23B. Nervous system metastases

Page created on June 3, 2021. Last updated on April 2, 2022 at 13:59

Definition and epidemiology

Brain metastases are the most common form of adult brain tumour, and they occur in approx. 30% of people with cancer. In 70% of cases there are multiple brain metastases rather than single ones. The development of brain metastasis considerably worsens the patient’s condition and prognosis. Brain metastases is rare in paediatric cancers.


  • Lung cancer (most common)
  • Breast cancer
  • Melanoma
  • Lymphoma

Clinical features

The symptoms are as for other brain tumours.

Diagnosis and evaluation

Contrast-enhanced MRi is the gold standard. Metastases are usually multifocal and have large perifocal oedema. Biopsy is performed in most cases.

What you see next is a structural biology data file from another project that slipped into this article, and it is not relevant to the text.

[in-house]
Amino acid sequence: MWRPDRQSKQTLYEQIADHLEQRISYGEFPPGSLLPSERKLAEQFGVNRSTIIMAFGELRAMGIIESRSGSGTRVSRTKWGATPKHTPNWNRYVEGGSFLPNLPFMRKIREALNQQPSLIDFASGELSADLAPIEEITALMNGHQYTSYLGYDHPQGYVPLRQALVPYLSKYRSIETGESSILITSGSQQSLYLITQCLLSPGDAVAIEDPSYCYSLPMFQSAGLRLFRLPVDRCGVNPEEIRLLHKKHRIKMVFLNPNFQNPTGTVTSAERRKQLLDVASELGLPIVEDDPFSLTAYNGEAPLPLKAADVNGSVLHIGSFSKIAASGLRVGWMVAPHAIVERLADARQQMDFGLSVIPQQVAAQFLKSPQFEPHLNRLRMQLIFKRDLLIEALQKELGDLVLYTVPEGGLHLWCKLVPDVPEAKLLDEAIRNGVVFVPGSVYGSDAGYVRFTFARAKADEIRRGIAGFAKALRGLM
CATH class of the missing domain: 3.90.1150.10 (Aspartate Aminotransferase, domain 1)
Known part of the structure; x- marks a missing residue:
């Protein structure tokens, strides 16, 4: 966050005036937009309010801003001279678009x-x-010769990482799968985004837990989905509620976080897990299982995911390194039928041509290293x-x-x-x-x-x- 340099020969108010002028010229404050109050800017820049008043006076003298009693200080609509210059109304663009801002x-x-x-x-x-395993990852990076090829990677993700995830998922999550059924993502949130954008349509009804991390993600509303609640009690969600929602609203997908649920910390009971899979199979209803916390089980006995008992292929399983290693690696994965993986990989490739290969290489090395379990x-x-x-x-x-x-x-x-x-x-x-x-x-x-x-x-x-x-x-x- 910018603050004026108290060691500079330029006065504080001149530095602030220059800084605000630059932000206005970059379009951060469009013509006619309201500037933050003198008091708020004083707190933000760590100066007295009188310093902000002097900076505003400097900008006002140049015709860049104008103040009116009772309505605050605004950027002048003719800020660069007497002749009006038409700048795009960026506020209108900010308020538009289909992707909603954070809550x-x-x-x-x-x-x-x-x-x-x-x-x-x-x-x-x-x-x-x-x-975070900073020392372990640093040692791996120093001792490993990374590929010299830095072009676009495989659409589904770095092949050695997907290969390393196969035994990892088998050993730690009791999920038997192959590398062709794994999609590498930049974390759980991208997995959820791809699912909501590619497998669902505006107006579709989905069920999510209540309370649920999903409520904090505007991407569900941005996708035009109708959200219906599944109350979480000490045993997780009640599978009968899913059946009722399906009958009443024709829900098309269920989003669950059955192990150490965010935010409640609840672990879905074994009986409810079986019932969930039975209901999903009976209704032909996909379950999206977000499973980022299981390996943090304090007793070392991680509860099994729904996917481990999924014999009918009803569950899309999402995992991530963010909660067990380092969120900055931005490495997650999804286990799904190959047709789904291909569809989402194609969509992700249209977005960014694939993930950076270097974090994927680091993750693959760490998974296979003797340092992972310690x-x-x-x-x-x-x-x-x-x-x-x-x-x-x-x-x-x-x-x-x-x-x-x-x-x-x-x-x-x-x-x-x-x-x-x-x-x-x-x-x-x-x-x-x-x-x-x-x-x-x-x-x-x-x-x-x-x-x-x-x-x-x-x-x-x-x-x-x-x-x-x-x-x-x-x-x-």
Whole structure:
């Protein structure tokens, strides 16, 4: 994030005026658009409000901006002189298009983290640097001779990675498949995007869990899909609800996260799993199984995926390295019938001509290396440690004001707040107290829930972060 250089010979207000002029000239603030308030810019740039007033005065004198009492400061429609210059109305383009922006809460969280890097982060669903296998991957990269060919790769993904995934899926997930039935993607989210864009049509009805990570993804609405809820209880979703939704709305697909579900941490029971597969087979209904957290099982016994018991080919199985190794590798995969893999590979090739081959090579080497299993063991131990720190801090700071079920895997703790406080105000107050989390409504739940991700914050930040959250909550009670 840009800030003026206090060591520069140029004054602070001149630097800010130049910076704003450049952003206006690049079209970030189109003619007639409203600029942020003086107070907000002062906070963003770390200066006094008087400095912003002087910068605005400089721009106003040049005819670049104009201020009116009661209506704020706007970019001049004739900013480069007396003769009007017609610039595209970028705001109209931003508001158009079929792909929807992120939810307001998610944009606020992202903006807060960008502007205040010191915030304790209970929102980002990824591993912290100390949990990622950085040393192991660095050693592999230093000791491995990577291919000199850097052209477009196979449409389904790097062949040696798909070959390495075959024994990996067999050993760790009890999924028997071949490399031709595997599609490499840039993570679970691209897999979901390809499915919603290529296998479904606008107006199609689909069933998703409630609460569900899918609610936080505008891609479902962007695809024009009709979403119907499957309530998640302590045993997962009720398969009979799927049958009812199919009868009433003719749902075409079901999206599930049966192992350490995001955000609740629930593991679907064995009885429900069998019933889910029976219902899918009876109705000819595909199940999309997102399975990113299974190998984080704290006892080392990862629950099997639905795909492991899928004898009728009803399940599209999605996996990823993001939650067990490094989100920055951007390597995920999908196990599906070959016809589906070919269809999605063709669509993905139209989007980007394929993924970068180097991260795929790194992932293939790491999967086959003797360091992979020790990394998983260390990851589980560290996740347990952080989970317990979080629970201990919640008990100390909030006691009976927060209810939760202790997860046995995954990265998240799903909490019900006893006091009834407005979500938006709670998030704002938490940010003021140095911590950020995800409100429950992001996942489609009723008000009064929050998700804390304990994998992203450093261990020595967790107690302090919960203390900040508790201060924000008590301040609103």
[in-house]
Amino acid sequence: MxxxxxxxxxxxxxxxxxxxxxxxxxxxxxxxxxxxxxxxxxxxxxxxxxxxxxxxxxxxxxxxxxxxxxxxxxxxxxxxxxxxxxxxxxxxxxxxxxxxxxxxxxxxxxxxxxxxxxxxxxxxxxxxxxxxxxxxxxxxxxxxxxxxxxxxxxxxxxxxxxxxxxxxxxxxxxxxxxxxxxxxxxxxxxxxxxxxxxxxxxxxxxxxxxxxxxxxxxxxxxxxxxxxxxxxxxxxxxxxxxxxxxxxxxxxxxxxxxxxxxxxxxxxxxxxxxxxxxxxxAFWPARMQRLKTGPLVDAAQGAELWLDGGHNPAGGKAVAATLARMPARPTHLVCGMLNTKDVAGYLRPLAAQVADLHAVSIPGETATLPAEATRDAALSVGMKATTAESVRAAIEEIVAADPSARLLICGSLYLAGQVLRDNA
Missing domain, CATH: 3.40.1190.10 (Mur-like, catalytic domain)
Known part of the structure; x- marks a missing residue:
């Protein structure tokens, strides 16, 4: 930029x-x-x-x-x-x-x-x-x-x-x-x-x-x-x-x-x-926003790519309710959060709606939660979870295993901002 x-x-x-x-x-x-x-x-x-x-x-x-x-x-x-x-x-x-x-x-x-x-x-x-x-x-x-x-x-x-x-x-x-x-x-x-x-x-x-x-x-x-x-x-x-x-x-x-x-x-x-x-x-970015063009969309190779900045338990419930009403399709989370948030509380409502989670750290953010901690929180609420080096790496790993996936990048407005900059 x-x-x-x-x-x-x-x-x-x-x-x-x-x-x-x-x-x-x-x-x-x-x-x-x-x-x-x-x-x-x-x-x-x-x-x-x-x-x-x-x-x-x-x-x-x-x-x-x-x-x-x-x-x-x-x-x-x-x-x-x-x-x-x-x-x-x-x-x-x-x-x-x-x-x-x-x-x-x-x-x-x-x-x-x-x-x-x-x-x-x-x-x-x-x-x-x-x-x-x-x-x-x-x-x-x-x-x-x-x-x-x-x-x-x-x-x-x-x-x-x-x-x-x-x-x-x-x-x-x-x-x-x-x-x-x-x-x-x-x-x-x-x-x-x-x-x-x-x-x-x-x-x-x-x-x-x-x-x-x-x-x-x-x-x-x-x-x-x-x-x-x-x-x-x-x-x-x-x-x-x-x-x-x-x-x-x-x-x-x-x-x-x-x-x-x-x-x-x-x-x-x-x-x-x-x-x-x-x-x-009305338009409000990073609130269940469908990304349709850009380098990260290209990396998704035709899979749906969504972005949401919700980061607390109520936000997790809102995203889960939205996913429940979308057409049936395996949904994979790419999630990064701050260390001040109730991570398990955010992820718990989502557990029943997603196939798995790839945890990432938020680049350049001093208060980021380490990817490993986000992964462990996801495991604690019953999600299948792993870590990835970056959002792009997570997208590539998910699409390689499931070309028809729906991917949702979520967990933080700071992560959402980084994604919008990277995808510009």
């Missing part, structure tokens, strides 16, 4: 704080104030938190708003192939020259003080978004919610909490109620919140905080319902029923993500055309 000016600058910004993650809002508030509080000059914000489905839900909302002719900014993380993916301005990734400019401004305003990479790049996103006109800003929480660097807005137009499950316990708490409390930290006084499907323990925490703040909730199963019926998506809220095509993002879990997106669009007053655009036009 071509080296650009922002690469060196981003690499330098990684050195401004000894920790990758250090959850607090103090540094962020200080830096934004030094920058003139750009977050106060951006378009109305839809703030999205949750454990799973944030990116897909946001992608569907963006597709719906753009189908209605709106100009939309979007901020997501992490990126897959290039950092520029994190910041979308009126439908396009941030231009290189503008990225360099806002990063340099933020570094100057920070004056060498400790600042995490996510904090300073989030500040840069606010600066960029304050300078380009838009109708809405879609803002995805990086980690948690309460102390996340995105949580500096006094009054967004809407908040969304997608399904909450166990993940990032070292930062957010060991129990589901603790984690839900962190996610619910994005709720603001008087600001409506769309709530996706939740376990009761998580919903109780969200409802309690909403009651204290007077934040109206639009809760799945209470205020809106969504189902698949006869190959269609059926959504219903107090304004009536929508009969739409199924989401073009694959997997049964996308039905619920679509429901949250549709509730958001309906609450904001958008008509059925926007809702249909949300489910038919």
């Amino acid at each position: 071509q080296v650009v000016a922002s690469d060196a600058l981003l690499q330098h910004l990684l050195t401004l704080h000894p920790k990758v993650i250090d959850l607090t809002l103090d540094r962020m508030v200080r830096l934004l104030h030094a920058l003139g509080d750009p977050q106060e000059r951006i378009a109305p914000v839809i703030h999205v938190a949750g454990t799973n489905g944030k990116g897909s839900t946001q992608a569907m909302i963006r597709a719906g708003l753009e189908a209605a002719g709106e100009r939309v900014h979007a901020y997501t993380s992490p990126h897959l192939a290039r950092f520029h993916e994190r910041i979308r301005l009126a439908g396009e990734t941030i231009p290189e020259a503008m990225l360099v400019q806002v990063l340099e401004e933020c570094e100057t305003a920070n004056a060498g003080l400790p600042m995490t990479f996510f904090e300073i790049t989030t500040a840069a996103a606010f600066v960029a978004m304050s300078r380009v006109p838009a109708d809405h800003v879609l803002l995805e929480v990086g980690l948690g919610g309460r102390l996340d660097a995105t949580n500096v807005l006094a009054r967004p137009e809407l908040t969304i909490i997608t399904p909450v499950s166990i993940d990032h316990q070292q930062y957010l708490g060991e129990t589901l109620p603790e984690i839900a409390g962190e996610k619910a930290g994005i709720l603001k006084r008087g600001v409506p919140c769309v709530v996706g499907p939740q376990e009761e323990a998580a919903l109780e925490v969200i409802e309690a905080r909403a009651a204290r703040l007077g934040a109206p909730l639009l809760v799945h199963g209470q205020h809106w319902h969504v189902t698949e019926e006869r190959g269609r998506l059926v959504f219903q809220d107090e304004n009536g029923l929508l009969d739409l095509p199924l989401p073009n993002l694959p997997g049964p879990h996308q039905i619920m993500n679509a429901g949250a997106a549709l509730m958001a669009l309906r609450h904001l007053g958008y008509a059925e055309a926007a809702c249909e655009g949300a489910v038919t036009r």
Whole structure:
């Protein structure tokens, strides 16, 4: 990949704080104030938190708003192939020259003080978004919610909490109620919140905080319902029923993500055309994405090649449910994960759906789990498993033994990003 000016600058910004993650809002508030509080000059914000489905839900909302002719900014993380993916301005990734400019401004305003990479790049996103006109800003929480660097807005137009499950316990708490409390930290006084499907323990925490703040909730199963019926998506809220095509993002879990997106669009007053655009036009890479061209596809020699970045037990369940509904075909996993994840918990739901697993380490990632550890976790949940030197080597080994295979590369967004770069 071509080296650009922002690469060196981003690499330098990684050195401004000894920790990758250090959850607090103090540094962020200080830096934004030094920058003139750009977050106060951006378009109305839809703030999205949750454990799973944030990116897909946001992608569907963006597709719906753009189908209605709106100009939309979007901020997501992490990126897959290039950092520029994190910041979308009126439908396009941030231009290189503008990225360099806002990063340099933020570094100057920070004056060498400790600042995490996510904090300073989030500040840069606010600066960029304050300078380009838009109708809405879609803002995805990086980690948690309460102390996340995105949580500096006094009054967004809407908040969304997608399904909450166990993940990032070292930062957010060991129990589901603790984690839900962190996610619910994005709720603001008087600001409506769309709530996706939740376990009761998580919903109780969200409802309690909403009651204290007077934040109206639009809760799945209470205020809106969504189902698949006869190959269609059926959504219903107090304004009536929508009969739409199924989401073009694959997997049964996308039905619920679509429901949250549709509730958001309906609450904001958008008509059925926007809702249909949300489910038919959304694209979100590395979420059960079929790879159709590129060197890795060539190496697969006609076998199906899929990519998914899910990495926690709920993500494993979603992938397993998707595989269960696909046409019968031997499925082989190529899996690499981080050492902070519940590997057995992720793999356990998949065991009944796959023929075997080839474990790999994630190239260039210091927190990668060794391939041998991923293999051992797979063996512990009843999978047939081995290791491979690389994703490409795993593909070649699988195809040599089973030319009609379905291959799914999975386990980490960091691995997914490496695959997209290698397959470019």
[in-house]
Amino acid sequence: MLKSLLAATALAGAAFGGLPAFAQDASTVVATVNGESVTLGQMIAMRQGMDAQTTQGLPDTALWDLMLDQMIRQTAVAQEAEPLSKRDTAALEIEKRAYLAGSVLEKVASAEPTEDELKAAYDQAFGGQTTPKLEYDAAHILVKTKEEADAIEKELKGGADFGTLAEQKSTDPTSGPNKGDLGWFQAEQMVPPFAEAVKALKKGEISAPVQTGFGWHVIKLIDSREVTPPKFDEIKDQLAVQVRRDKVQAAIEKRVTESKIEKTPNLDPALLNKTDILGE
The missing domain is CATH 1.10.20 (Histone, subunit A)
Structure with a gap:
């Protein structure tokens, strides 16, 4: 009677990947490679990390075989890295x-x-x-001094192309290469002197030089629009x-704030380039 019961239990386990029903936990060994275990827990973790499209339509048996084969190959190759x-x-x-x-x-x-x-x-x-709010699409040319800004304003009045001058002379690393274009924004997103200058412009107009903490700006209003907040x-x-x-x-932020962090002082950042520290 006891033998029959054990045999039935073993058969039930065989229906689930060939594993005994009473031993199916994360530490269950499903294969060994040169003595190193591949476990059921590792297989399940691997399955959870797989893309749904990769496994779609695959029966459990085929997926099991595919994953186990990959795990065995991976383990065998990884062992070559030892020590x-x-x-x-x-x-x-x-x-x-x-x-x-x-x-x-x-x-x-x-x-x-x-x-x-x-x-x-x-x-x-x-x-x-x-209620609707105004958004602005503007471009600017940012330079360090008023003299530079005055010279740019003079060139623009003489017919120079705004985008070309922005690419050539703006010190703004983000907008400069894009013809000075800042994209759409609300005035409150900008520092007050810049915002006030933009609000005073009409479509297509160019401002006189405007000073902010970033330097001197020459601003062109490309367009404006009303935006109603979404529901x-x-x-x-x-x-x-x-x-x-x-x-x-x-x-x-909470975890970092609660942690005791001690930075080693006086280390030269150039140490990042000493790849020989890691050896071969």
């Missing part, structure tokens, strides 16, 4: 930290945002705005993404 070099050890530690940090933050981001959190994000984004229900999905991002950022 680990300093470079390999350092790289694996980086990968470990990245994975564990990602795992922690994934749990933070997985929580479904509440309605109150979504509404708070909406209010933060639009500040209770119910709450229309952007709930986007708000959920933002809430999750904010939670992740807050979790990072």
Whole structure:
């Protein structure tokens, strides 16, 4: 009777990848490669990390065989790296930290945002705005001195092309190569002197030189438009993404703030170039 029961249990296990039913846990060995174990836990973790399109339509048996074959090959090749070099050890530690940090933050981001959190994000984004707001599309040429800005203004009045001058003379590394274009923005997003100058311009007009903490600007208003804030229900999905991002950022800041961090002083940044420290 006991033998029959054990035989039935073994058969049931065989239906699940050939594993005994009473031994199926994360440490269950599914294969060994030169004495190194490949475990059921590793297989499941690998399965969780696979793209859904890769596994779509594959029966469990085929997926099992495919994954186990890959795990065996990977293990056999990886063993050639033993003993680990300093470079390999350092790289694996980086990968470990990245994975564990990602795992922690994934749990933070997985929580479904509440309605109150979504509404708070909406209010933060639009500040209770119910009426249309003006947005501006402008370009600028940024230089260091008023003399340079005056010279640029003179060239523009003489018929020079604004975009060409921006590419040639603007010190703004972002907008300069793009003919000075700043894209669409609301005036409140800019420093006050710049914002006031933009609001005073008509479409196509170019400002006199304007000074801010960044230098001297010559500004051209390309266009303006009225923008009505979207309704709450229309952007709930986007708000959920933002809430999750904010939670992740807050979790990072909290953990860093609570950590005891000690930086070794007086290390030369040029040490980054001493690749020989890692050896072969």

Steroids can be used to reduce the oedema, and antiepileptic medication may be required in case of seizures.

Radiosurgery (gamma knife) can be used with curative intent if there are few lesions. Otherwise, whole brain radiation therapy is usually used to prolong survival. If the primary tumour is chemosensitive, chemotherapy may cure the brain metastases as well.

Other metastases

Meningeal carcinomatosis/leptomeningeal carcinomatosis refers to metastasis to the meninges from any carcinoid tumour, but most commonly from breast or lung cancer, or melanoma. This usually results in cranial nerve symptoms, but can cause any symptom of CNS tumour. Tumour cells are present in the CSF and confirms the diagnosis.

Metastases to the vertebral column can compress the spinal cord and cause back pain or lumboischialgia. The primary tumour may be any thoracic or abdominal cancer, most commonly prostate, lung, or breast.

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